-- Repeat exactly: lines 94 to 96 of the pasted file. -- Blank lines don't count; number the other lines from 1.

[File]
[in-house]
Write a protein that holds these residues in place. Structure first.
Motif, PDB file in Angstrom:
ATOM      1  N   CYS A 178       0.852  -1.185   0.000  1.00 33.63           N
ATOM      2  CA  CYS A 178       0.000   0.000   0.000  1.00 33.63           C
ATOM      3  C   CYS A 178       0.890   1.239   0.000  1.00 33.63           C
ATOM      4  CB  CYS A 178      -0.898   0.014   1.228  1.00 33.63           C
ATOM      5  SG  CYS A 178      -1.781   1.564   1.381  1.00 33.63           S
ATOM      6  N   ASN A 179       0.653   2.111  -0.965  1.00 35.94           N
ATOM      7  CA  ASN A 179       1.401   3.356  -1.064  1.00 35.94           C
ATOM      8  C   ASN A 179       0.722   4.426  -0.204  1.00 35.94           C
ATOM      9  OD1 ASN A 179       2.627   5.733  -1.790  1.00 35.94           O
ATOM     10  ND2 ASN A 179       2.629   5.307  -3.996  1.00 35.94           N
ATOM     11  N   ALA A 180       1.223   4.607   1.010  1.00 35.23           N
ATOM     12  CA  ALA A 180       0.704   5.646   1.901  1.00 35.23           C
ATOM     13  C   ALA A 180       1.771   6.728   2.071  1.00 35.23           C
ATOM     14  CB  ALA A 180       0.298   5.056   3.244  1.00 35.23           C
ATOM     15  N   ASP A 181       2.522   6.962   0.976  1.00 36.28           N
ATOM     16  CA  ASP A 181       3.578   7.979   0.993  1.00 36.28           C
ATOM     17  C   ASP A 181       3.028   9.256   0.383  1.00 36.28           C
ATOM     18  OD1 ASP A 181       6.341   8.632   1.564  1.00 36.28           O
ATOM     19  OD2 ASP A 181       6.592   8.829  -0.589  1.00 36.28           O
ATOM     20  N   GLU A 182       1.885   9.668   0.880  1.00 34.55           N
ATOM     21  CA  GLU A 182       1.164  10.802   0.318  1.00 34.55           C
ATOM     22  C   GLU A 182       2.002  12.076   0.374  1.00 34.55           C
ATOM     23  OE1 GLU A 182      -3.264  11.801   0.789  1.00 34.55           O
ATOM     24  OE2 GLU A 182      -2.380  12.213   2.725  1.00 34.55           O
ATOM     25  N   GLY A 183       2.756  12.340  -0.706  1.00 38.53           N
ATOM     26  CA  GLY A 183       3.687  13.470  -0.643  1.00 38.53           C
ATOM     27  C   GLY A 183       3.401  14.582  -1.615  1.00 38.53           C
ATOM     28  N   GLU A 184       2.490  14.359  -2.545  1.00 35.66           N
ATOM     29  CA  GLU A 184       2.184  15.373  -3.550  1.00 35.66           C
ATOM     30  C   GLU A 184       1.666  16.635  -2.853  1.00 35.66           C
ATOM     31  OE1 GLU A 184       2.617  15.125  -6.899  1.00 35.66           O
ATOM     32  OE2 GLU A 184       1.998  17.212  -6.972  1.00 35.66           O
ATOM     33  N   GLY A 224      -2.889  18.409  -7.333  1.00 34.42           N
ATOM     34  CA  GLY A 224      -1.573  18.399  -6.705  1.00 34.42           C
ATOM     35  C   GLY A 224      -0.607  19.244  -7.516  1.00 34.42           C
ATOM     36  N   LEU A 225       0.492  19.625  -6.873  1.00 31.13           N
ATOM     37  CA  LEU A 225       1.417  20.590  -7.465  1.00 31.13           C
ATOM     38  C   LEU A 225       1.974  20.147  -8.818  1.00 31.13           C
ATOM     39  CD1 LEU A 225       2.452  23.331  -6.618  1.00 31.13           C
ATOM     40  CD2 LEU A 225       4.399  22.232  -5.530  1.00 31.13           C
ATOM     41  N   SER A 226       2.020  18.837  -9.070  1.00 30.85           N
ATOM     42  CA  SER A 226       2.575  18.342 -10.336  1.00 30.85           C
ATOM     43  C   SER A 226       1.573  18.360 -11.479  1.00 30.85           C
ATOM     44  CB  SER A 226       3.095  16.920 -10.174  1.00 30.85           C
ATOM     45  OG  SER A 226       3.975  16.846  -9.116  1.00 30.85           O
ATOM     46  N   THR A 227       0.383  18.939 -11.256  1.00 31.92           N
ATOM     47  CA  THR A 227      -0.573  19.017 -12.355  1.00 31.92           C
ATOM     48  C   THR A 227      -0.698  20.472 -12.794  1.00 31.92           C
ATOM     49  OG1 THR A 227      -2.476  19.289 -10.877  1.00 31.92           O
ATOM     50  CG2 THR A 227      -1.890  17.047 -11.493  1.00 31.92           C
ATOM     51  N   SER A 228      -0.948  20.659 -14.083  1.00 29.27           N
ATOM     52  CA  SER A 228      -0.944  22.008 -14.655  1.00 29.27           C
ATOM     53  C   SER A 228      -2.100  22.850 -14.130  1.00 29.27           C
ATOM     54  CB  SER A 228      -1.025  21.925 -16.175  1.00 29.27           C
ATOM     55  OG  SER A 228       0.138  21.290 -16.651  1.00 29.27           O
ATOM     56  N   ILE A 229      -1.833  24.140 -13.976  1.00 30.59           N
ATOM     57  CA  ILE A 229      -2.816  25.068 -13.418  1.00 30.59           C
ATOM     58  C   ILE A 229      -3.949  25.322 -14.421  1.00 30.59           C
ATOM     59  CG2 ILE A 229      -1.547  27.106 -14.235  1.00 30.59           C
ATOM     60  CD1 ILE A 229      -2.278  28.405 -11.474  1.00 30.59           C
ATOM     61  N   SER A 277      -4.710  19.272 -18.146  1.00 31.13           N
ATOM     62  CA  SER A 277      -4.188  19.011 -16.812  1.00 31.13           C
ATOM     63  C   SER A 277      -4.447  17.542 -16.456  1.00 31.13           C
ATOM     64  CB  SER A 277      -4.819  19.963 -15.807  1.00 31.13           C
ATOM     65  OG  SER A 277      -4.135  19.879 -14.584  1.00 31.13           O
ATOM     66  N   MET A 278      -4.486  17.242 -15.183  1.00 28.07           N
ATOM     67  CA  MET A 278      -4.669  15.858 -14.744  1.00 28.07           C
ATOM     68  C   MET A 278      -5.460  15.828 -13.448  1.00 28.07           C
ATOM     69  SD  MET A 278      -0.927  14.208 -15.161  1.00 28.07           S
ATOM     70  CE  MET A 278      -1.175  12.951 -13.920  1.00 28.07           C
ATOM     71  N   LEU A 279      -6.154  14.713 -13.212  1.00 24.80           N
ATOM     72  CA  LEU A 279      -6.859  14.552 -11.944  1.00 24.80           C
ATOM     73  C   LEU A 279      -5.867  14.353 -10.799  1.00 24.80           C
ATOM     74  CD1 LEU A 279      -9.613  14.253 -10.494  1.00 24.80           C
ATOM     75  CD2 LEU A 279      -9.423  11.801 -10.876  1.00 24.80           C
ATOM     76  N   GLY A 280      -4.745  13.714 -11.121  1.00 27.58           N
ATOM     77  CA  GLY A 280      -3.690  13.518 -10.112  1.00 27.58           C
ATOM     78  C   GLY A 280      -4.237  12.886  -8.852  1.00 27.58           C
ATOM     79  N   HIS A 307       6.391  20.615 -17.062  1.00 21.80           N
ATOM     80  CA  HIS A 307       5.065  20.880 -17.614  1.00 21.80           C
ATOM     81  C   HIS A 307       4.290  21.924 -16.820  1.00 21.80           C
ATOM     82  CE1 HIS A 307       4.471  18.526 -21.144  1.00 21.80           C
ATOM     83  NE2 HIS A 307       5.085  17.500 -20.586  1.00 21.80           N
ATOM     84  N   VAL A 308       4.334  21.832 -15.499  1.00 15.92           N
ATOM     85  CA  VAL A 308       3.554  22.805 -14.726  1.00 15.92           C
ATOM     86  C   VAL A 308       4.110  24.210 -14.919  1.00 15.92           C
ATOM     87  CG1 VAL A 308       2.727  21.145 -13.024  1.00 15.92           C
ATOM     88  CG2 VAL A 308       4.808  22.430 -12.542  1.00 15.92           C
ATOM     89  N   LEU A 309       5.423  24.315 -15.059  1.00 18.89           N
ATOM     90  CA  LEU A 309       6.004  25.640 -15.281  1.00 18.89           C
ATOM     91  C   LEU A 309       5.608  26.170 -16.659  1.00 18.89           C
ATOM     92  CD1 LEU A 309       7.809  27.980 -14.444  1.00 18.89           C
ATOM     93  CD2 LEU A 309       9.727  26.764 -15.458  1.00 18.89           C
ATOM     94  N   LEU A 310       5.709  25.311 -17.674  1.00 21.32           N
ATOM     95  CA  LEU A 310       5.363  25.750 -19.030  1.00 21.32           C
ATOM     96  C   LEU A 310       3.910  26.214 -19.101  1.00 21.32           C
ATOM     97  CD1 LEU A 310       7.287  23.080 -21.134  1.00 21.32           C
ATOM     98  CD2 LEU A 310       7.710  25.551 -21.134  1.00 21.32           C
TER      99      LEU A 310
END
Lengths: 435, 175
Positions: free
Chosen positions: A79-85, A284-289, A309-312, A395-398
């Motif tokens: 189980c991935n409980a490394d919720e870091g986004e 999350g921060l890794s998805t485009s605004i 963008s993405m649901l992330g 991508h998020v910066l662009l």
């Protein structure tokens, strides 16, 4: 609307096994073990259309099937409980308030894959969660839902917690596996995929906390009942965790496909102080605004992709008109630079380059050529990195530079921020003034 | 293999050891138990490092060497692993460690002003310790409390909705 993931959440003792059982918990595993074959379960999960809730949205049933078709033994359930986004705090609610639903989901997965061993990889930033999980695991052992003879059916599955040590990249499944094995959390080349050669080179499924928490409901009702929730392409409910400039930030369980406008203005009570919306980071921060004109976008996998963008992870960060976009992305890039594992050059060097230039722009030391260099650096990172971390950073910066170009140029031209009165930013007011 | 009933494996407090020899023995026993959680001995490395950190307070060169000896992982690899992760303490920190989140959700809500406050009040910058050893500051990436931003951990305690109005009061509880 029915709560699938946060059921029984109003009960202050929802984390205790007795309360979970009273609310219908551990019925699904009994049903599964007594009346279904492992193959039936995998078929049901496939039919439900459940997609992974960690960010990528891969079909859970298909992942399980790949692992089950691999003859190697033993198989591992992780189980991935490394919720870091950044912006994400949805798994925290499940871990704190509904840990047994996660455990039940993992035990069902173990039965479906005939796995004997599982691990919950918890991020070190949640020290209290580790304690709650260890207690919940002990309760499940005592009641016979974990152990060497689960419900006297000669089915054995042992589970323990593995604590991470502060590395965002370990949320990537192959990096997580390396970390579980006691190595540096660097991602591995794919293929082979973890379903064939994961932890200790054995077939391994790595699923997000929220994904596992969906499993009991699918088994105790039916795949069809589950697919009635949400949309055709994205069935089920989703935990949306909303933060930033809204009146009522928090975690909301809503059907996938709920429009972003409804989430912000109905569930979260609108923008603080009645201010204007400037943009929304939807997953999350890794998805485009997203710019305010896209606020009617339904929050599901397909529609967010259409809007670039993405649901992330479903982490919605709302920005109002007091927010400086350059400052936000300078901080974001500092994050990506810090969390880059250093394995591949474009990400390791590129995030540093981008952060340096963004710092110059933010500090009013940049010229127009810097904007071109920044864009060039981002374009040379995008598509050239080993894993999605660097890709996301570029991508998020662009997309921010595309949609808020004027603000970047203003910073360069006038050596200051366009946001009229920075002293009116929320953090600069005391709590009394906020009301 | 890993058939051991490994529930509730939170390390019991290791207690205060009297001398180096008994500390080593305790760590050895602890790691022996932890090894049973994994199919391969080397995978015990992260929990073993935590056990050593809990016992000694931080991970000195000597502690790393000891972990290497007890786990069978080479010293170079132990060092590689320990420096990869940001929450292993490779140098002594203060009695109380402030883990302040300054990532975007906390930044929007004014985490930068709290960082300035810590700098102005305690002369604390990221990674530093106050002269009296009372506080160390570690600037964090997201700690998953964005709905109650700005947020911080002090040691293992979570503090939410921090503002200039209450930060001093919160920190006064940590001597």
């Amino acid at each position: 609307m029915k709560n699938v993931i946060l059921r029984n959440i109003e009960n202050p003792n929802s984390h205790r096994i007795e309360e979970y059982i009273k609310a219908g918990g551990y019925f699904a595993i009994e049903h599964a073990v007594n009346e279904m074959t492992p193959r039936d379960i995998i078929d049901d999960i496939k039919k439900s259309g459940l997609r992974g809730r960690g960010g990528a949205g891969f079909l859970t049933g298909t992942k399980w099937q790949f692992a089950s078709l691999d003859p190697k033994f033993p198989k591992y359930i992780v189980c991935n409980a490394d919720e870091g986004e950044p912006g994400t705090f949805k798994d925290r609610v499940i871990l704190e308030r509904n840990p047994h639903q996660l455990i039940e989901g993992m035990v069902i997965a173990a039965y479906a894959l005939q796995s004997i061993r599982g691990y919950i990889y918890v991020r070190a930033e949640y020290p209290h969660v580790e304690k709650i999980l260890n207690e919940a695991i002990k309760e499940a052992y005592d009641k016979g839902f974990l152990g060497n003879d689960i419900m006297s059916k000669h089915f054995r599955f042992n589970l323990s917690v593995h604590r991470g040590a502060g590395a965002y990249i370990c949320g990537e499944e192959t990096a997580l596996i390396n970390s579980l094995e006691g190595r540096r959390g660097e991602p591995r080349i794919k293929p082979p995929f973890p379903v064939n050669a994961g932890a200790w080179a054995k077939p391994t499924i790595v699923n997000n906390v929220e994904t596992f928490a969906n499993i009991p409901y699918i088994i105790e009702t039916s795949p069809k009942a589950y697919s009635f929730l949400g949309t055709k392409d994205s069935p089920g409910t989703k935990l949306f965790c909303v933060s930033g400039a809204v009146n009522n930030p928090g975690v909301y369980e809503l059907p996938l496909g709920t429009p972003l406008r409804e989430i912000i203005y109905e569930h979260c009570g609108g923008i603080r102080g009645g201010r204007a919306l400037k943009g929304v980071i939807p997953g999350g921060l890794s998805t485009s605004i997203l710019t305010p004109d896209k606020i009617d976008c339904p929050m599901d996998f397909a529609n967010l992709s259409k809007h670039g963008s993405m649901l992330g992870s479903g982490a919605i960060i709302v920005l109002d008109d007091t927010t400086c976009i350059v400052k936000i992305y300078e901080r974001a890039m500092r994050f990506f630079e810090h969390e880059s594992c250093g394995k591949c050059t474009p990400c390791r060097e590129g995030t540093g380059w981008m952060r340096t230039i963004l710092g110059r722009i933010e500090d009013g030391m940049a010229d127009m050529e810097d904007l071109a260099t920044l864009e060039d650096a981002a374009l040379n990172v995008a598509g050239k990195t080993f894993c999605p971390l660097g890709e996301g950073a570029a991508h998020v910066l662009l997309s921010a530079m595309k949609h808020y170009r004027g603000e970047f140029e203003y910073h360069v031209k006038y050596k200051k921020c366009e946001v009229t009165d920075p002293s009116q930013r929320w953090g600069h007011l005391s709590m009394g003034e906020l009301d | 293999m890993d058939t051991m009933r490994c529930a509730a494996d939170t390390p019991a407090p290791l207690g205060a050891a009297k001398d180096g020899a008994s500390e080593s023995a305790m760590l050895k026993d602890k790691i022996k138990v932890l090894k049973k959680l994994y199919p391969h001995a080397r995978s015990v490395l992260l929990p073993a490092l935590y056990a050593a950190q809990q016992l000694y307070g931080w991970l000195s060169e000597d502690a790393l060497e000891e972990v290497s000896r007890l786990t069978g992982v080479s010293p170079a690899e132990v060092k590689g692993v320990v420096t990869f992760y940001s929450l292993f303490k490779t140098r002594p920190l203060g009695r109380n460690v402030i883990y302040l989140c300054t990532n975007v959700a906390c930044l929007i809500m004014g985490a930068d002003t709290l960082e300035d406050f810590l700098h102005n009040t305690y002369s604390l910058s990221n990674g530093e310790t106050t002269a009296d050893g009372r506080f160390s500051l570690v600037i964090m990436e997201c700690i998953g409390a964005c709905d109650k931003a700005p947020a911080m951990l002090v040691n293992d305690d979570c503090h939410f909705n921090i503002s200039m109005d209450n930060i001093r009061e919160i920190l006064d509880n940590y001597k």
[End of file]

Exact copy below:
ATOM     91  C   LEU A 309       5.608  26.170 -16.659  1.00 18.89           C
ATOM     92  CD1 LEU A 309       7.809  27.980 -14.444  1.00 18.89           C
ATOM     93  CD2 LEU A 309       9.727  26.764 -15.458  1.00 18.89           C